- Showed the conditions Aboriginal people were being put through.
It is evident that in the Image below during the Tent Embassy, posters, Banners, Flags, colours and quotes. This impacted the Government to have an understanding of the Aboriginal Land Rights.
- A community located on the south coast of New South Wales. (Australian National Museum, 2013)
- The first community of Aboriginal people to have their traditional land returned not including Queensland and Northern Territory.
-1987 the Aboriginal community were successful in have full ownership being returned to them.
- 1995 the Council took over Jervis Bay National Park and is leased to all Australians today
- To the Aboriginal people Uluru is the 'central desert' (Australian Museum, 2009)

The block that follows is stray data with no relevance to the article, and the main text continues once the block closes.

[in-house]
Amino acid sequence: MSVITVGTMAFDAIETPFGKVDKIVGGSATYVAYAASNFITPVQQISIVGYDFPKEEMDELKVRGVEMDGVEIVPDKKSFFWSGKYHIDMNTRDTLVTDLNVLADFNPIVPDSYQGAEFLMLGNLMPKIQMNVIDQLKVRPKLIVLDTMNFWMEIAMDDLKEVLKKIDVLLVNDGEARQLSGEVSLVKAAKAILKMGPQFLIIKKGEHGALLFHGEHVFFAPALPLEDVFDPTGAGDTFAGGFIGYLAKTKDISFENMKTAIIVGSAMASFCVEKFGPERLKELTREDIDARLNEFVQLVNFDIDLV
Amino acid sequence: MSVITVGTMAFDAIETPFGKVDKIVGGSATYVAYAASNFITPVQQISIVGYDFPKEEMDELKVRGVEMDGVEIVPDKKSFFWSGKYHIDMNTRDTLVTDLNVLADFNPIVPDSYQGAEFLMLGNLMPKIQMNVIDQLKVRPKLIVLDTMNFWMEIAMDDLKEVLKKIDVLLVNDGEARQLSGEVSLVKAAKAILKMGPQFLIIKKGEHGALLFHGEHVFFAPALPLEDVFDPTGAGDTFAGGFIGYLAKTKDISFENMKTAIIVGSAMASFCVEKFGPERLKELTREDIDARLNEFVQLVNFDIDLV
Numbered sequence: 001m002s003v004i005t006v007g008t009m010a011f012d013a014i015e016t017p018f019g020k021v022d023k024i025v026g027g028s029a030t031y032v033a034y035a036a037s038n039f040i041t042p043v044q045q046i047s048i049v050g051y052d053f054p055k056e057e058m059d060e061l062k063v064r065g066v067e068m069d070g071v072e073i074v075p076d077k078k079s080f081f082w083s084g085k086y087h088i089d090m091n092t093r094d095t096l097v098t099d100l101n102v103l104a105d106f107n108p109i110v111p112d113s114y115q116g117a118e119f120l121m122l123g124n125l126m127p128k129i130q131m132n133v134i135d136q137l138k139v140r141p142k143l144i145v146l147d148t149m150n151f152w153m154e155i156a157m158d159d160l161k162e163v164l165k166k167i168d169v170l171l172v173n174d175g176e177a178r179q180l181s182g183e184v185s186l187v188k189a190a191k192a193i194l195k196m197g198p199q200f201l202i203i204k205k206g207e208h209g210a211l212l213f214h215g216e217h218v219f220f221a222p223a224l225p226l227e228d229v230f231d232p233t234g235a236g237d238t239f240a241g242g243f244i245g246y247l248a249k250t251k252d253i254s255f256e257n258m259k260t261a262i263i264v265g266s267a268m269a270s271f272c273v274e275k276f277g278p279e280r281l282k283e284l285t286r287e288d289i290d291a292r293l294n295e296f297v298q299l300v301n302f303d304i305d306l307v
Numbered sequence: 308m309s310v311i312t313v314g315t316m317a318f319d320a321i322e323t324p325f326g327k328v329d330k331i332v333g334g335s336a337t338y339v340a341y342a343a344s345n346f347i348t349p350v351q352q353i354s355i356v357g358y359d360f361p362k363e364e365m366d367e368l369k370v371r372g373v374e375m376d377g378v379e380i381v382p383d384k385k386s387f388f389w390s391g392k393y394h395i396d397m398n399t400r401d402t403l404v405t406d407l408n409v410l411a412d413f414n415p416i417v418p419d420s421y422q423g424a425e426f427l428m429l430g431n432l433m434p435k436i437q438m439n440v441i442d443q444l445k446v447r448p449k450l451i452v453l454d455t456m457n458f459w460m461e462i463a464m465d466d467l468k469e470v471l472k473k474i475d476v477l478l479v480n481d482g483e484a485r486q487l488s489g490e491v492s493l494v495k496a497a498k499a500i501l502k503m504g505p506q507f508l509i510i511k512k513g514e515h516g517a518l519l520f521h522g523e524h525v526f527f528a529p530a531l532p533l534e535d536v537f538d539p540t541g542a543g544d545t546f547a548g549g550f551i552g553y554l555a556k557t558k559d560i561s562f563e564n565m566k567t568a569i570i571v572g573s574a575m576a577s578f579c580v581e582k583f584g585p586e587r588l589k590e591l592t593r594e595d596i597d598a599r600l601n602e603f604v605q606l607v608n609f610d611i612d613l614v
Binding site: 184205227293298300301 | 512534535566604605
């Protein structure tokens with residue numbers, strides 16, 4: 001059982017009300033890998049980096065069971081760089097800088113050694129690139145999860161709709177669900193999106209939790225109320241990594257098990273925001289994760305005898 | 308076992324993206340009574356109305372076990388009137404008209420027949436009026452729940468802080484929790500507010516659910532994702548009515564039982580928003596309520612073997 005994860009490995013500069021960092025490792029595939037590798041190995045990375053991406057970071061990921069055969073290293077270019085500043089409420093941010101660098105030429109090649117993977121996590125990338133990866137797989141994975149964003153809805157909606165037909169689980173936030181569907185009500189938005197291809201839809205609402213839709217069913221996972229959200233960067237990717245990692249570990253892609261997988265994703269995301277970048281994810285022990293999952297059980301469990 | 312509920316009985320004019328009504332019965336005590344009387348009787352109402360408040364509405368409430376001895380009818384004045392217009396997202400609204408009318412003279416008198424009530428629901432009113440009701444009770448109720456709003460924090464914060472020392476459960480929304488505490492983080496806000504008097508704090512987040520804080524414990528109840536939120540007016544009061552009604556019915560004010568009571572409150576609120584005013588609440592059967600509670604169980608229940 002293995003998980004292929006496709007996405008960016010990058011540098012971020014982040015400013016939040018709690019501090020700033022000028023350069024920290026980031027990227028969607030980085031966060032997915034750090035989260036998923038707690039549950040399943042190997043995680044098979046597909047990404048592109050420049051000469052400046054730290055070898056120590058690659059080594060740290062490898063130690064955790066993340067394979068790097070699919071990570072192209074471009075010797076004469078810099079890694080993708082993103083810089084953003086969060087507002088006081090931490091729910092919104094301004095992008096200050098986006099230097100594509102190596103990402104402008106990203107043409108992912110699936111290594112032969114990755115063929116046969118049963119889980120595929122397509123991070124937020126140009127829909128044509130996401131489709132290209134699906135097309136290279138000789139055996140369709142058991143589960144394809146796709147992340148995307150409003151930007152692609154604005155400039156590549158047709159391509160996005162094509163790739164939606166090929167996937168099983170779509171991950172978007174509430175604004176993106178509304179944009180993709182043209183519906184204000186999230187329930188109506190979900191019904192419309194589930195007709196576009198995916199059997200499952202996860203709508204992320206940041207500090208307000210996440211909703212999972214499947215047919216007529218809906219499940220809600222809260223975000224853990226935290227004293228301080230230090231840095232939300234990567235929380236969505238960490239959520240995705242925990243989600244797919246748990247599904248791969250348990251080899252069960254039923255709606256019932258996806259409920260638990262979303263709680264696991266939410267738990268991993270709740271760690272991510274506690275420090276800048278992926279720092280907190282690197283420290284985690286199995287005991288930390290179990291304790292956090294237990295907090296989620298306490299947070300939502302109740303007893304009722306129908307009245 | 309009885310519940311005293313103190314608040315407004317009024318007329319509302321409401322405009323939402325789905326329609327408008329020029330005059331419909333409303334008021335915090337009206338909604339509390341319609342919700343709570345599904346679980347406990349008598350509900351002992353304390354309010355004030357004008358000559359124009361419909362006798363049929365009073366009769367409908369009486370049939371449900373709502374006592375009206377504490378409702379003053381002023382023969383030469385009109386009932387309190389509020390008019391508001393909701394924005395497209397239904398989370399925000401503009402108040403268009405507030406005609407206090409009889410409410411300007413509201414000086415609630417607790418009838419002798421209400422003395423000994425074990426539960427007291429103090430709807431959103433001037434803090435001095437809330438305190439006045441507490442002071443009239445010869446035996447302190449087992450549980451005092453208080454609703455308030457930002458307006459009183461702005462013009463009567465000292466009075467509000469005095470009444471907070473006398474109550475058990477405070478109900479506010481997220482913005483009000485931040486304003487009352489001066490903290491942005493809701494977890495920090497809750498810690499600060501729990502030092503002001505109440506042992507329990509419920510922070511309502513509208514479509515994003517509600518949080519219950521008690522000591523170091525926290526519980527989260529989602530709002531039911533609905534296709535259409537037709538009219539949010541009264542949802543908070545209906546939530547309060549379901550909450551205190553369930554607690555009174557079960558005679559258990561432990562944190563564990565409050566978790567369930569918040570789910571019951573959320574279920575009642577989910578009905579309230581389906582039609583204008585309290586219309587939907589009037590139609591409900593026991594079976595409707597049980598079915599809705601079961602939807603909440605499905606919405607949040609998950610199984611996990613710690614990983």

- Returned to the owners in 1985
- Uluru was named 'Ayres Rock' by explorer William Grosse 1875.
- In 1958 Uluru was declared a National Park.
- October 26th 1985 an agreement was made with the Aboriginal land owners and government that it was part of the 'Uluru Kata Tjuta Land Trust' (Australian Museum,2009), meaning they would lease the park to the National Park Services.
-This marked and showed a symbol in the relationship between the government of Australia and Aboriginal people.
- Uluru today is one of Australia's biggest tourist attractions and has plans to keep its heritage value strong for the future. (Australian National museum, 2013)
Goals- Land Rights
- Equal Wages across the whole population of Australia.
- To have the right to speak up and say suggest their opinion towards the government.
- To have their traditional land returned.
Key Political Moment - Land Rights